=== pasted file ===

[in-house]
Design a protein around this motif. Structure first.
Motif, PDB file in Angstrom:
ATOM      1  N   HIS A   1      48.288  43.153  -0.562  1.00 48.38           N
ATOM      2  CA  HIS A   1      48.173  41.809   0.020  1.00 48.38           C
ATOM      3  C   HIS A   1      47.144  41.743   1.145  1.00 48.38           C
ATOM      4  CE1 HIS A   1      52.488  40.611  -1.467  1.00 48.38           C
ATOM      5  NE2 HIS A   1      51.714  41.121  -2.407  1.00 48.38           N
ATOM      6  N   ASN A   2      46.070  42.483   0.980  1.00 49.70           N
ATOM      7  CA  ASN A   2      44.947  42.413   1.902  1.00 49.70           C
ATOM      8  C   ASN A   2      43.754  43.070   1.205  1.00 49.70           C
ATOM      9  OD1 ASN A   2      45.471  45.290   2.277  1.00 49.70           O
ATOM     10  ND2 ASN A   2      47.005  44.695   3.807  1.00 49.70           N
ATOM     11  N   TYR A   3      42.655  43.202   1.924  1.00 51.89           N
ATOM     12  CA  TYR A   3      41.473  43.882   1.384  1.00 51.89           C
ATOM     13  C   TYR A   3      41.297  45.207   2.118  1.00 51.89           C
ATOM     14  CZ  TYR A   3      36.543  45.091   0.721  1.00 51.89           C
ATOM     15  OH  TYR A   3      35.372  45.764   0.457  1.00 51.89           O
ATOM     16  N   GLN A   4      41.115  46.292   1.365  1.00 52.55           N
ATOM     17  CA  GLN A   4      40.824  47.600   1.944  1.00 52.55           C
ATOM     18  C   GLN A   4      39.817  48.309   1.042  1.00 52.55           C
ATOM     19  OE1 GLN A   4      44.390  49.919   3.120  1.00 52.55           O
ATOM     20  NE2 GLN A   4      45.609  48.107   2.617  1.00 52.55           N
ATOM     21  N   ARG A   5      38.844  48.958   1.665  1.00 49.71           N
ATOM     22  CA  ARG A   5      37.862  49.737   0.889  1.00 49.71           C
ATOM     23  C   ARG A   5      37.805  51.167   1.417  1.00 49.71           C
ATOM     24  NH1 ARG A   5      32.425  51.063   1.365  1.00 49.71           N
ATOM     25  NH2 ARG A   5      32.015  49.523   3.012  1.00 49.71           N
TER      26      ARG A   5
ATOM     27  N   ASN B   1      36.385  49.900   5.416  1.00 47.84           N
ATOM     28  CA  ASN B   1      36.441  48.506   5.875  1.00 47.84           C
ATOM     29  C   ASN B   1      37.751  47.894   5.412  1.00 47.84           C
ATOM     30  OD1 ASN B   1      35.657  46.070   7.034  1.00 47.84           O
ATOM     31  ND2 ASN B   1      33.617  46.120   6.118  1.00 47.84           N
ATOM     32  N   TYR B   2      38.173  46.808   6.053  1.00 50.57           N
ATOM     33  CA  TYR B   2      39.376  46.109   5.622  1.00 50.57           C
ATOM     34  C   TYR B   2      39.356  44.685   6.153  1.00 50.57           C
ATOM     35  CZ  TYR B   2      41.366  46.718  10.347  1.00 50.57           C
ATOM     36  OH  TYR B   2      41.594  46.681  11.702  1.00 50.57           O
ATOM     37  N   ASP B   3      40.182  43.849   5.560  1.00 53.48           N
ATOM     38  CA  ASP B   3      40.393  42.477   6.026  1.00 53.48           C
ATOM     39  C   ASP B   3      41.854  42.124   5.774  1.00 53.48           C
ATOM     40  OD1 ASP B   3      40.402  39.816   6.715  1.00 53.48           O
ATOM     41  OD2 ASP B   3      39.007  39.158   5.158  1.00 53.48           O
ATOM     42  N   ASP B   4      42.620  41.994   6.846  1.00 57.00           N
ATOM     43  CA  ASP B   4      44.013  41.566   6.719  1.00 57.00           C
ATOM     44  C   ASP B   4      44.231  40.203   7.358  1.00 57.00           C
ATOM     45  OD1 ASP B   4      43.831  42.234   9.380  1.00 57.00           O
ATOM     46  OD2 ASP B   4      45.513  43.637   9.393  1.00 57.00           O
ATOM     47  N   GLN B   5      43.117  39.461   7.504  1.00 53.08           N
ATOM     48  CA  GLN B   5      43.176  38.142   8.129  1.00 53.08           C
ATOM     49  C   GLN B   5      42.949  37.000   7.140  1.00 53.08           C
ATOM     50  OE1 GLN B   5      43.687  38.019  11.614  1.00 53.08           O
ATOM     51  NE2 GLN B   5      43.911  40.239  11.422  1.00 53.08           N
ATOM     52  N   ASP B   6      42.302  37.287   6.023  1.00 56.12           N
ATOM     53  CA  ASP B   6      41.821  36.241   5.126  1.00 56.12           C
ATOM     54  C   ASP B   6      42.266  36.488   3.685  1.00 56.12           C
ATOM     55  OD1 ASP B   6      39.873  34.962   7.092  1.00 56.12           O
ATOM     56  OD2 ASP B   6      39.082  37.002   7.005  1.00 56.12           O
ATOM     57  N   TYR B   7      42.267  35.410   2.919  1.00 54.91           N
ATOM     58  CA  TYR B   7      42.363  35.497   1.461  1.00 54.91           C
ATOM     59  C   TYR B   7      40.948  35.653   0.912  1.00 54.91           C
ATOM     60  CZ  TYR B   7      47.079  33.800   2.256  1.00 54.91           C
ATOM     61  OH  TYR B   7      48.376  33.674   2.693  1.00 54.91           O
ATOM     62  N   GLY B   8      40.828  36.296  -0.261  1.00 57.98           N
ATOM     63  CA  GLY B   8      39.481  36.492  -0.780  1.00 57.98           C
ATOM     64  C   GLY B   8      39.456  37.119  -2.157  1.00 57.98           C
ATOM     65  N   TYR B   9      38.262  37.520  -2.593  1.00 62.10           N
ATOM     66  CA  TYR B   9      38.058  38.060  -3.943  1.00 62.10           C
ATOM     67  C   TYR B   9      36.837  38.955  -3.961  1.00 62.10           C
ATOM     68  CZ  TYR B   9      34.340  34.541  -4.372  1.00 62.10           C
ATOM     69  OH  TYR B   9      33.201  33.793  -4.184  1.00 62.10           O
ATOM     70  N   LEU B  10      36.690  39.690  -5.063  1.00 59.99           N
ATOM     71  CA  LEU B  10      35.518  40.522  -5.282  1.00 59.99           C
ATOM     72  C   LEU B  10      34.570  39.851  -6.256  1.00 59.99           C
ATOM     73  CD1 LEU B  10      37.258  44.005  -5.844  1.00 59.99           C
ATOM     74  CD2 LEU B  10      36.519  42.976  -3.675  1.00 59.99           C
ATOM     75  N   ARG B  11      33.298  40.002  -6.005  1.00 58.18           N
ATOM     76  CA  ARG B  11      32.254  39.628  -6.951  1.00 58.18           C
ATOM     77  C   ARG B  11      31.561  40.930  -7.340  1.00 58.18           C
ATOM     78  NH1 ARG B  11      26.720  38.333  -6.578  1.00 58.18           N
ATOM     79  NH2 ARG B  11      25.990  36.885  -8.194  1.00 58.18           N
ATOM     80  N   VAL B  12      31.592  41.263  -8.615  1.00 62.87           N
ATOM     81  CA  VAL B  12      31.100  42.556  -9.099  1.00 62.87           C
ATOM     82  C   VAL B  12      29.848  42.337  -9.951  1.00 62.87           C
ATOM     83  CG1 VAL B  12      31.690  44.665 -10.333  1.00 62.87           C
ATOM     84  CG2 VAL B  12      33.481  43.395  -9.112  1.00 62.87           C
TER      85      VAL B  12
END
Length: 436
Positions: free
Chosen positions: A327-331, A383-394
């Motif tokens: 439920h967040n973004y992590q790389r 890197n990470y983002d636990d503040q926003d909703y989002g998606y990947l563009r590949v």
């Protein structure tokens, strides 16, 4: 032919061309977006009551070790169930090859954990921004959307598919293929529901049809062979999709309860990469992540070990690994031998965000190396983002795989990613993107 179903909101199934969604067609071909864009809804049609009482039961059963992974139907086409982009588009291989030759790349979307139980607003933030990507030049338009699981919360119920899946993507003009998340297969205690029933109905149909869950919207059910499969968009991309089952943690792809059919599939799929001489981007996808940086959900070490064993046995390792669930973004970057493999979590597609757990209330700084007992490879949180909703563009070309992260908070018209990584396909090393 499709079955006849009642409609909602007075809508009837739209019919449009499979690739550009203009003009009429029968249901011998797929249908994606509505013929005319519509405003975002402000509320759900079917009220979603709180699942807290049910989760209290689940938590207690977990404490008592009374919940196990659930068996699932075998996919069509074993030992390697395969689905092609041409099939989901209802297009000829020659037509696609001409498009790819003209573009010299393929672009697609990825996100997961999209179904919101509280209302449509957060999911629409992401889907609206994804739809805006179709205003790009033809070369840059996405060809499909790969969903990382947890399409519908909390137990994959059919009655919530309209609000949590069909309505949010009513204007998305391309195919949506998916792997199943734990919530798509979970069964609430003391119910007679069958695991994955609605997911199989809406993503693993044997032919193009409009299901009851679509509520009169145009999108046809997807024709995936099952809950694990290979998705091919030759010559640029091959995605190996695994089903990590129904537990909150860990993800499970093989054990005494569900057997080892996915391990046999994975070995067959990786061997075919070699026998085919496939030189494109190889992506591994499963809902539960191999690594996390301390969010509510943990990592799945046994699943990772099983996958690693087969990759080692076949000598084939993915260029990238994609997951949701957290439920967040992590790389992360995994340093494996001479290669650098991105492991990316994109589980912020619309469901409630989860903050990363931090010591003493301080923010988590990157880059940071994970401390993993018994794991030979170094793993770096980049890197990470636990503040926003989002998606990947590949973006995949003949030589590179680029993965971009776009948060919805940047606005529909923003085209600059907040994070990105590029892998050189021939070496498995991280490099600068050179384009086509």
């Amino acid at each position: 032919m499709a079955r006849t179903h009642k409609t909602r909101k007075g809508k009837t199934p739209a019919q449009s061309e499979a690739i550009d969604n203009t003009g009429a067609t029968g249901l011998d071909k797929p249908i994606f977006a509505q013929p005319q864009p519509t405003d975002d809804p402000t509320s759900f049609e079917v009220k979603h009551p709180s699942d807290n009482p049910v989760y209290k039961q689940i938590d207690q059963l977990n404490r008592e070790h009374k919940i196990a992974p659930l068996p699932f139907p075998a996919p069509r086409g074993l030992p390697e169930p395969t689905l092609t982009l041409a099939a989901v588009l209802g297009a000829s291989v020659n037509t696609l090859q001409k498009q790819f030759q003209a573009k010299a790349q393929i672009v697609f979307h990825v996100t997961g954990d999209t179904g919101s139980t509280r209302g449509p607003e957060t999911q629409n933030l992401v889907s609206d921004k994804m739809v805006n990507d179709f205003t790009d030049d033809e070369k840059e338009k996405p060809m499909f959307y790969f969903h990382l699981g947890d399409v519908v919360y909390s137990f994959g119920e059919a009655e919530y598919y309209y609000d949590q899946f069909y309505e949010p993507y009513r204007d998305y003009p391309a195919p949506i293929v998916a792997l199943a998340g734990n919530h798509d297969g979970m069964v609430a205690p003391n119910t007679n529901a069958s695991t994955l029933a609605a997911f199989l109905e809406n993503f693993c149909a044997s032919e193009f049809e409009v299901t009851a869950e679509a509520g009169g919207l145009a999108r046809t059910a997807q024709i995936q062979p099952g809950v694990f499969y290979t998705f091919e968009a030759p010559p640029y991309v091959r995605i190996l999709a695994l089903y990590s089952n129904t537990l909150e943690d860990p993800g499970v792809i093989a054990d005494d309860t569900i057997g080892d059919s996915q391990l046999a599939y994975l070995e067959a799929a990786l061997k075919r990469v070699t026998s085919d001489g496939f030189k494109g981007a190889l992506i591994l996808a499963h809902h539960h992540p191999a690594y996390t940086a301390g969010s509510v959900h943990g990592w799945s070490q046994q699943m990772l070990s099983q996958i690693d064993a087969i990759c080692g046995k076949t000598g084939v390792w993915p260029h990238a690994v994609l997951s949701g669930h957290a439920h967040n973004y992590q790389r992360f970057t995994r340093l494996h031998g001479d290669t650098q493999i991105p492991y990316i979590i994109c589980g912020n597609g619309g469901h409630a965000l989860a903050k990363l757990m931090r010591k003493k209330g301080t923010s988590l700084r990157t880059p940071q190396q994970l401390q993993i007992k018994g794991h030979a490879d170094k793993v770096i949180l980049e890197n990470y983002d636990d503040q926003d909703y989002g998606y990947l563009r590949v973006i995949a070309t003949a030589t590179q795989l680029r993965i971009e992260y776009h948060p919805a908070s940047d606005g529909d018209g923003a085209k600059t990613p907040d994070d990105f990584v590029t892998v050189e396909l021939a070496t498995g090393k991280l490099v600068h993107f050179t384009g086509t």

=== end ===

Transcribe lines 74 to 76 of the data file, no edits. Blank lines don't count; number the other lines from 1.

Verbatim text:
ATOM     71  CA  LEU B  10      35.518  40.522  -5.282  1.00 59.99           C
ATOM     72  C   LEU B  10      34.570  39.851  -6.256  1.00 59.99           C
ATOM     73  CD1 LEU B  10      37.258  44.005  -5.844  1.00 59.99           C